San Diego medal-winning cyclist to compete in Tokyo Olympics for the last time

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SAN DIEGO (CNS) – San Diego cyclist Jennifer Valente will compete in the Tokyo Olympics for the third and final time on Saturday night CA time, competing in the four-event omnium.

Valente was ranked first in the omnium on the UCI World Cup circuit in the 2017-18 and 2019-20 seasons, and won the event at the Pan American Championships in 2017, 2018 and 2019 and at the 2019 Pan American Games.

The omnium will be broadcast Live at 6 p.m. It will also be part of CNBC’s Olympics coverage which begins at 9:30 p.m.

In an omnium, the riders receive points according to their finishes. It starts with a scratch race where all the runners start together and run to be the first to cross the finish line.

The second event is a tempo race, which is part of a women’s Olympic omnium for the first time as part of the changes made in 2016 to the event, where the lead runner is awarded points for winning a lap. .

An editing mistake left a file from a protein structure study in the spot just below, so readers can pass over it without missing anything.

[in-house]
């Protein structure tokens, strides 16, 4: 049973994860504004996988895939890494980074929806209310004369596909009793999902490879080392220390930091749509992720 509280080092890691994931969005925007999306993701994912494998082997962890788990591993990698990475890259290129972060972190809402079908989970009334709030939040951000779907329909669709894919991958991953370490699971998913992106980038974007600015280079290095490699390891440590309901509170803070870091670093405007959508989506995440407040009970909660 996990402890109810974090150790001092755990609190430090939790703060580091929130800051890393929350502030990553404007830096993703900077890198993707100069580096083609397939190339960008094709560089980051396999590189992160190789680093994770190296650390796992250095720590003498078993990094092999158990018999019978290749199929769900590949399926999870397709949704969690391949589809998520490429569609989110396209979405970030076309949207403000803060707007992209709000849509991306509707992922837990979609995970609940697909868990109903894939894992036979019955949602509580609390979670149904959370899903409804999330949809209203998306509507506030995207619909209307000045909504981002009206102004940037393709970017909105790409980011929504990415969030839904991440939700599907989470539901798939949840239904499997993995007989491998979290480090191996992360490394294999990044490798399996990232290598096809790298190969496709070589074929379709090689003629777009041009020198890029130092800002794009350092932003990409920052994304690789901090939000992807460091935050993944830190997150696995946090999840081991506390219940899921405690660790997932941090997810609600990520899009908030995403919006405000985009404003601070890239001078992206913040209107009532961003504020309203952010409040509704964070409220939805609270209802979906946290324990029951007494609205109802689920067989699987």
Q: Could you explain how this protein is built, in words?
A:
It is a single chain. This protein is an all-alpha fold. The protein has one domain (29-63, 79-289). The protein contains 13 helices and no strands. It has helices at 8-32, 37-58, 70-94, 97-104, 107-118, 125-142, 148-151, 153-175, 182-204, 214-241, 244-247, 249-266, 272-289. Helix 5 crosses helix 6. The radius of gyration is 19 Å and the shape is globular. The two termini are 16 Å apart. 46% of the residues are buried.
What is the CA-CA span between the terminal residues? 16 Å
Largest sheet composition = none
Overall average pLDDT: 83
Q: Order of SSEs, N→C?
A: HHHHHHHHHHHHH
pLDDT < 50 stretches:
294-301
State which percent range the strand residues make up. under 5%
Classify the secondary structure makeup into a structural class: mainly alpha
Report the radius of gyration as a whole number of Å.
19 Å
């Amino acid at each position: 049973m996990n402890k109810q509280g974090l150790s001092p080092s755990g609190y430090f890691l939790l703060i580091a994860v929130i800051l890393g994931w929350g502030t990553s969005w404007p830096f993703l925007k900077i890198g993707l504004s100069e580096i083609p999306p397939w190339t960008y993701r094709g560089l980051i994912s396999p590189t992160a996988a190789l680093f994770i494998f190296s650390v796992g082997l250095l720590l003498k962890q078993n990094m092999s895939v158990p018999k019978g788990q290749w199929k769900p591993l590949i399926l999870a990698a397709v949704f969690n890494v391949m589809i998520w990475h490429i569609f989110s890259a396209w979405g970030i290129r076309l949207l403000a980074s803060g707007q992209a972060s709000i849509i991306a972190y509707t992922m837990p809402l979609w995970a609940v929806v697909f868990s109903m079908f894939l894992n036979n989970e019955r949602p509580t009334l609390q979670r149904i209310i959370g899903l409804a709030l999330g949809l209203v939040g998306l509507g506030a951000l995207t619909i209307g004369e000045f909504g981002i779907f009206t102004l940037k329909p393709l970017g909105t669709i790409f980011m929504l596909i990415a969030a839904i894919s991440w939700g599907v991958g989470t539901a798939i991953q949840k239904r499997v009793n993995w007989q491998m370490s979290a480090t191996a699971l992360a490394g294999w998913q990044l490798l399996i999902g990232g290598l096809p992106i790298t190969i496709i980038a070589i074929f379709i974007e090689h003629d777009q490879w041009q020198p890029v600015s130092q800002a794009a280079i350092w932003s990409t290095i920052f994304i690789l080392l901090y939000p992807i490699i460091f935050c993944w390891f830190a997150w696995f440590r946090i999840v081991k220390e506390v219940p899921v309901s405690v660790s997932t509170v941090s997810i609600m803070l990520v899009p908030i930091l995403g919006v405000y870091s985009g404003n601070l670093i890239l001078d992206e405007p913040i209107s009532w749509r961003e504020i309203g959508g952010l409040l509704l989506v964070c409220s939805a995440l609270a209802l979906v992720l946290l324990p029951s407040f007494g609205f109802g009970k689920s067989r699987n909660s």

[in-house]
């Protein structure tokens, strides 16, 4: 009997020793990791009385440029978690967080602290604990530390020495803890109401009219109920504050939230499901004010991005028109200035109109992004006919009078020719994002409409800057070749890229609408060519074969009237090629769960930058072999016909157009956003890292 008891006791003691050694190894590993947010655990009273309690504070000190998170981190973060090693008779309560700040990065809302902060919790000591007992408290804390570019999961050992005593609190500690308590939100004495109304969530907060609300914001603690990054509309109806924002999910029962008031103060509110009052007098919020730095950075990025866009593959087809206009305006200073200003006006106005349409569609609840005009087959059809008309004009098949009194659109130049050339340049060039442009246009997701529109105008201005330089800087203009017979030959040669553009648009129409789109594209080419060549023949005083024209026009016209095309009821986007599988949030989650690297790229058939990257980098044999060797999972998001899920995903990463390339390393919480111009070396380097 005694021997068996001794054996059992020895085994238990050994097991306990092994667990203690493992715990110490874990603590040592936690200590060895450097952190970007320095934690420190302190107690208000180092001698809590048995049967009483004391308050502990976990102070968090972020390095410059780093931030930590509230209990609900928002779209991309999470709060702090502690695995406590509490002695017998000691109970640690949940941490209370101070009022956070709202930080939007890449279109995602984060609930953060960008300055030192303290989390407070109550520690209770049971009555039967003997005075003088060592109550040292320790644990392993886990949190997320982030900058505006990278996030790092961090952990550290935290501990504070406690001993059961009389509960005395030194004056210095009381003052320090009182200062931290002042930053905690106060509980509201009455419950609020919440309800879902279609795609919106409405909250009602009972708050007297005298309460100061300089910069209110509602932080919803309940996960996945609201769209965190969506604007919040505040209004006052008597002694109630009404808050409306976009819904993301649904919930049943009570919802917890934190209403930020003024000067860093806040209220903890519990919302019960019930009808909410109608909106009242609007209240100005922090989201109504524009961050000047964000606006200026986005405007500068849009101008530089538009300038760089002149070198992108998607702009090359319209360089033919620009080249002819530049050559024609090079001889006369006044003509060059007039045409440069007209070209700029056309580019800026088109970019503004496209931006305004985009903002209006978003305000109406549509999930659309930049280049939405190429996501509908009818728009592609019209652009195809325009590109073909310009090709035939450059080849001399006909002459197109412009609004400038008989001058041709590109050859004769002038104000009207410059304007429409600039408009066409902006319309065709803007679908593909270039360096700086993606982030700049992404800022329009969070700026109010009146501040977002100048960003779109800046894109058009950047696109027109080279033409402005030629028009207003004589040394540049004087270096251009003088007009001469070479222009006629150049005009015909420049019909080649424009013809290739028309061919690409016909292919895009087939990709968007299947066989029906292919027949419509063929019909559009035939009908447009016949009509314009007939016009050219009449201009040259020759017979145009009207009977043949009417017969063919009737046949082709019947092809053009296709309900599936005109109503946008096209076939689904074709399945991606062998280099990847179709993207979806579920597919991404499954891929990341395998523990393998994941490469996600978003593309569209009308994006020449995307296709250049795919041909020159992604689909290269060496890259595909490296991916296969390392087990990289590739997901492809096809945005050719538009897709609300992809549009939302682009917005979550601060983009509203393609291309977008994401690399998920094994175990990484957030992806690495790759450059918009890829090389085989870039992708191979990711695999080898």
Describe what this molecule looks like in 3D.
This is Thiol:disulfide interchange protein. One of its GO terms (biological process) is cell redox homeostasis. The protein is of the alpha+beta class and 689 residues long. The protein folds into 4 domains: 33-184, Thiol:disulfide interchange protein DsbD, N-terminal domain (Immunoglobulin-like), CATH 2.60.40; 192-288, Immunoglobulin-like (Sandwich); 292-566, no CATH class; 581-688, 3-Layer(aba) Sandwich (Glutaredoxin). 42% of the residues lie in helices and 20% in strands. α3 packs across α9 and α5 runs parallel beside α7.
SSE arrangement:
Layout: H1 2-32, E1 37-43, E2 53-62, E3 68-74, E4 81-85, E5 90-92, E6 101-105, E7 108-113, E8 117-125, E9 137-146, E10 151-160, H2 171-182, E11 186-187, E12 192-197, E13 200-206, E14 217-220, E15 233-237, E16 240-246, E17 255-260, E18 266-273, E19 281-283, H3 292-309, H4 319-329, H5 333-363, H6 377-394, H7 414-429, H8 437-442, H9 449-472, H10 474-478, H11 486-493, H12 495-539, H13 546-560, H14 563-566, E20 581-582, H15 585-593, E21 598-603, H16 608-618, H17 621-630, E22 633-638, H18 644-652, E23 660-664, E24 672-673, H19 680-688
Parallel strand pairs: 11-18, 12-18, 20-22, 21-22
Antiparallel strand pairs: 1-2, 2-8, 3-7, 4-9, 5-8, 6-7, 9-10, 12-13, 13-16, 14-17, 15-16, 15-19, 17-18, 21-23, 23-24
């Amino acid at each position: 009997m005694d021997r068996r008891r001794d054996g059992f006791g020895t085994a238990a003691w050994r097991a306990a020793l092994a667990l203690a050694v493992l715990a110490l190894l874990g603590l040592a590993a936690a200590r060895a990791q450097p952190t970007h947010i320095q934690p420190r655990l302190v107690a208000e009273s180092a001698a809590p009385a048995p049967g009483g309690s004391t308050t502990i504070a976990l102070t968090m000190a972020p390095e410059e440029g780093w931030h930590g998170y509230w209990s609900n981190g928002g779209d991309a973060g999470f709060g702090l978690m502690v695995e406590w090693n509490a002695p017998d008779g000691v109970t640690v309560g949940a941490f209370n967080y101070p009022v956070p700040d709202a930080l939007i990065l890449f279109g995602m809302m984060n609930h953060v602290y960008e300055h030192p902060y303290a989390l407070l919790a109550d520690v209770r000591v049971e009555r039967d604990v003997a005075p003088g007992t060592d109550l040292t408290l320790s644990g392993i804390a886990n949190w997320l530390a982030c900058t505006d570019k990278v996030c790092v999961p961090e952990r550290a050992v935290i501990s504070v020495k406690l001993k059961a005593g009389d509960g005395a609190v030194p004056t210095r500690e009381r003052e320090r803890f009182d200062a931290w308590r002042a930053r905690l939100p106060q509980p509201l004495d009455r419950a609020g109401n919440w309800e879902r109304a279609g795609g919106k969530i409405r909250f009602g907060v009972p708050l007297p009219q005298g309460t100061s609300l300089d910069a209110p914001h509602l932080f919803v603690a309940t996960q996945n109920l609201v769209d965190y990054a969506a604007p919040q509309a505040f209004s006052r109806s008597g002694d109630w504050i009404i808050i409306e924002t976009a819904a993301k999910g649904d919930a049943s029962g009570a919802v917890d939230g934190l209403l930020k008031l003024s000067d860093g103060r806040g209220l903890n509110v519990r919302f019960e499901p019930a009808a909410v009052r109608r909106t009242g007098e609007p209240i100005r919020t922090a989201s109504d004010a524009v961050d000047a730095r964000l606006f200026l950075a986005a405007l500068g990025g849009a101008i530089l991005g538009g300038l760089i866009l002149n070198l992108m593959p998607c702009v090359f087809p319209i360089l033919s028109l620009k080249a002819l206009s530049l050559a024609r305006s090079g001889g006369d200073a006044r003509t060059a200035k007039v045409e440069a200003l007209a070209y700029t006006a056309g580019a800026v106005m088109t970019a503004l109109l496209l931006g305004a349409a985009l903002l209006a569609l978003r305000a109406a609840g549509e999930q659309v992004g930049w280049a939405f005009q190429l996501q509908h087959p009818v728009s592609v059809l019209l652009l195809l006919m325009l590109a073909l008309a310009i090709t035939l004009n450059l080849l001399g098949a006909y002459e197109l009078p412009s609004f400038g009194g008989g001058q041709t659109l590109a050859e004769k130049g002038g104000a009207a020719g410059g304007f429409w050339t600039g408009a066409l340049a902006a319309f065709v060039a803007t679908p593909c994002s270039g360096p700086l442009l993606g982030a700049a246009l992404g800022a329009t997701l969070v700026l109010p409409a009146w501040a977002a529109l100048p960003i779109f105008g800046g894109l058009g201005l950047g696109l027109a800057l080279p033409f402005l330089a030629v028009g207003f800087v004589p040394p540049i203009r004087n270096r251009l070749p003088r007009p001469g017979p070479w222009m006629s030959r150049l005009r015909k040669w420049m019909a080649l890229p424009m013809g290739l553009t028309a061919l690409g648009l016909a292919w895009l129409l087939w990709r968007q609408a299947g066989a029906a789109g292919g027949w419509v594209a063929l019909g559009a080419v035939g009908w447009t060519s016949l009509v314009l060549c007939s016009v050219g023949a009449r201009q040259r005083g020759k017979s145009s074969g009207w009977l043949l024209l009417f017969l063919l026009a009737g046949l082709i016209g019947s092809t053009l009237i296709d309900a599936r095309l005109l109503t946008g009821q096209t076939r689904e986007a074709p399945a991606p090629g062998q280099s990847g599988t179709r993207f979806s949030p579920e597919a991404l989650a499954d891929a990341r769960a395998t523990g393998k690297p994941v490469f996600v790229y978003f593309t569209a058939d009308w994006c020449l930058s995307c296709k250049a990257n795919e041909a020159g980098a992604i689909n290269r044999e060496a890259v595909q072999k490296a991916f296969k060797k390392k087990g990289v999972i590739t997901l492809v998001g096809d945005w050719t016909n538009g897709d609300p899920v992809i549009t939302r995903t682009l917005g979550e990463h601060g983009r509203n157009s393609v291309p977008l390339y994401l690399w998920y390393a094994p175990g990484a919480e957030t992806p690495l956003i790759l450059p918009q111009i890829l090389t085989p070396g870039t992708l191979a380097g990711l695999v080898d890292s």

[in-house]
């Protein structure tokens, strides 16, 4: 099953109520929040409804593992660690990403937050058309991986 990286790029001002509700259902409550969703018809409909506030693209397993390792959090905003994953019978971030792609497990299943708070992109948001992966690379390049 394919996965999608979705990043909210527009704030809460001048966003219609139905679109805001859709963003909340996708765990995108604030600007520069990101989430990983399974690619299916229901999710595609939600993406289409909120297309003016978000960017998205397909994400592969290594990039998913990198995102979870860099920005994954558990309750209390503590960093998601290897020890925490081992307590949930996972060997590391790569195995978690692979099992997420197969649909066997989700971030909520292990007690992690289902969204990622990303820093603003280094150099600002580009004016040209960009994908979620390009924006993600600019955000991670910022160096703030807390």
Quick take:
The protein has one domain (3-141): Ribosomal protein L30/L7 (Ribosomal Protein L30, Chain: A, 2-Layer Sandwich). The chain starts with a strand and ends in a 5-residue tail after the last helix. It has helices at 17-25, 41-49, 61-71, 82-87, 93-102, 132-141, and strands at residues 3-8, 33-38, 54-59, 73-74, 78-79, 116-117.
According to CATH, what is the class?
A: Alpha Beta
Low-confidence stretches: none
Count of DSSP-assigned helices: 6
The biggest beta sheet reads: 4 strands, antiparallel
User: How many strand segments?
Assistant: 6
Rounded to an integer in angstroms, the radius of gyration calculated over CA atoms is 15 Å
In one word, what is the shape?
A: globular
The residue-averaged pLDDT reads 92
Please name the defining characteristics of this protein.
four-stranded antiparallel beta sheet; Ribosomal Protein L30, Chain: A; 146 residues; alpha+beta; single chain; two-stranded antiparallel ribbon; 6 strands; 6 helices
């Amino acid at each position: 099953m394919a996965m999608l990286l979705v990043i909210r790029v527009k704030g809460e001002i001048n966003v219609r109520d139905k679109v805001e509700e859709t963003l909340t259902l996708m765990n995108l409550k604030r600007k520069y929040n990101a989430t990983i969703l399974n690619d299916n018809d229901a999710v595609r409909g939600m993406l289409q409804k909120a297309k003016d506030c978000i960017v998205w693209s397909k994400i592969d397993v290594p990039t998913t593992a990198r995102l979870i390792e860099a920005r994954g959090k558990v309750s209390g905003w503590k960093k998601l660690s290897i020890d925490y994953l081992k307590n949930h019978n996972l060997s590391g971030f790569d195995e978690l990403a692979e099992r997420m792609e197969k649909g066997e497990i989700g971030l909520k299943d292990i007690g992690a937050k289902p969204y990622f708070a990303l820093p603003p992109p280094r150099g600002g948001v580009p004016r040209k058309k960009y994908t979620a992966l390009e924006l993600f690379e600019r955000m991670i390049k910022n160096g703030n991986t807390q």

The next event is an elimination race, where the last rider is eliminated after every second lap. The final event is a points race, where riders run for 20 kilometers and receive points along the way.

Valente will face many of the same riders she faced in Madison on Friday, where she and her partner Megan Jastrab finished ninth.

“The race was very quick from the start, as we expected,” said Valente. “He remained aggressive throughout the 120 laps. Megan and I fought hard but we didn’t quite have the ability to be contenders today.”

In Madison, teams of two runners take turns to run in a 30-kilometer endurance relay. The runner at rest must touch the runner during the changeover. It was the first time that women took part in this event at the Olympic Games.

The race is named after the first Madison Square Garden where it was first held at the end of the 19th century in order to circumvent laws passed in New York designed to protect cyclists in six-day races from burnout. .

Valente won a bronze medal in the team pursuit on Tuesday. She was part of the American team that won a silver medal in this event at the Rio 2016 Games.

The 26-year-old grew up in San Diego mountain biking and BMX riding in his neighborhood with his brothers. Valente’s father Thomas rode a bicycle in the 1980s and she grew up listening to racing stories. She participated in many sports in her youth, including soccer, baseball and swimming.

Encouraged by her father’s love for the bicycle, at age 14, she took youth classes at the San Diego Velodrome and was drawn to the unique environment in which she could challenge herself.


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